IBJNews

Mission change for Atterbury may mean new jobs

Back to TopCommentsE-mailPrintBookmark and Share

An Indiana military institution that has been a training site for thousands of deploying troops is getting a new name and a new peacetime mission.

Camp Atterbury, near Edinburgh, about 40 miles south of Indianapolis, was built in 1941 for World War II but saw its training role expand dramatically in 2003 when it was activated as a mobilization site for the wars in Iraq and Afghanistan. The facility has since deployed more than 175,000 service members and civilians.

The installation will soon be known as Atterbury-Muscatatuck or the Atterbury-Muscatatuck training site, garrison commander Col. Ivan Denton told the Daily Journal of Franklin.

The new name will help integrate the facility with the Muscatatuck Urban Training Center in southern Indiana. The former state hospital has been transformed into a city-like setting where soldiers from around the world come for realistic urban training.

The changes come as the site shifts its mission from war preparation to peacetime training. The post that once prepared 20,000 soldiers for combat each year is expected to see just 5,000 this year following the end of U.S. combat operations in Iraq and the scheduled withdrawal of forces from Afghanistan. The post doesn't expect to mobilize any service members next year — the first time that would happen in a decade.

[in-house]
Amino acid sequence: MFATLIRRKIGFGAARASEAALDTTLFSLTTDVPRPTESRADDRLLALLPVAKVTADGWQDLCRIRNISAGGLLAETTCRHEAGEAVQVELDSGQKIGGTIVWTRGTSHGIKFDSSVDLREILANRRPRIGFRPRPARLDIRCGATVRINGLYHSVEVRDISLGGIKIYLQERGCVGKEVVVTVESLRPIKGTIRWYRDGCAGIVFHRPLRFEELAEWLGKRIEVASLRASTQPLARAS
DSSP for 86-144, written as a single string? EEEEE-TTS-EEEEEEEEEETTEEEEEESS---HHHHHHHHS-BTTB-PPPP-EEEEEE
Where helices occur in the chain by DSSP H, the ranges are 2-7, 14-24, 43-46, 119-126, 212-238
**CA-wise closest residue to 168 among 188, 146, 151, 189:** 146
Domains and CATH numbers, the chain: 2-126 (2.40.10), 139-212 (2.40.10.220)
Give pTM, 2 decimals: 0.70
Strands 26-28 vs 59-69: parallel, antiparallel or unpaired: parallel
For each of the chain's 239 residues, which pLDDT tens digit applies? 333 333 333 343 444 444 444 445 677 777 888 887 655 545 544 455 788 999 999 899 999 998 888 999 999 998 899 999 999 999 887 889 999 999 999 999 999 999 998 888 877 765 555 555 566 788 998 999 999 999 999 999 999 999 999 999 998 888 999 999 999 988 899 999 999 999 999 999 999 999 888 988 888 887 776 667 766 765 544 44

The installation will be deactivated as mobilization site next year and will focus on training National Guard units from Indiana, northern Kentucky, western Ohio and eastern Illinois. Camp Atterbury also will continue to stage homeland security and NATO-led training exercises and train defense contractors and employees of the State Department and Department of Defense.

Denton said the post will continue to seek growth opportunities. He noted that it currently employs eight people who work to protect U.S. computer networks but someday could add hundreds of jobs in that field if Camp Atterbury begins training soldiers for cyber warfare or serves as a home base for service members who'd work to prevent hackers and cyber attacks.

"Our thought is that if they're going to do training somewhere in the United States, they can do it here cheaper and more effectively," he said.

Tying the installation to Muscatatuck makes sense on many levels, military officials say.

Denton said the two facilities already were under the same command and deeply intertwined in their operations.

During large training exercises, for example, military units often stage at Camp Atterbury and then train at Muscatatuck. They sometimes take helicopters from Muscatatuck back to Camp Atterbury during simulated medical evacuations to field hospitals. Atterbury often serves as the command post while soldiers go room to room hunting for the enemy or rescuing dummies from rubble at Muscatatuck, the training site near Butlerville.

"The two are really one and the same, and that's what we're trying to show," said Maj. Lisa Kopczynski, Camp Atterbury's spokeswoman.

Denton said treating the locations as a single facility could help preserve federal funding for training, staffing and facilities. The absence of deploying and returning soldiers will mean a sizable cut in federal funding and a reduction of 500 military and civilian jobs at the post.

Last year, Camp Atterbury and Muscatatuck received about $460 million in mostly federal funds to pay for salaries and benefits, supplies, training exercises and construction, Denton said. This year, that funding is projected to be cut by nearly a fourth to about $350 million.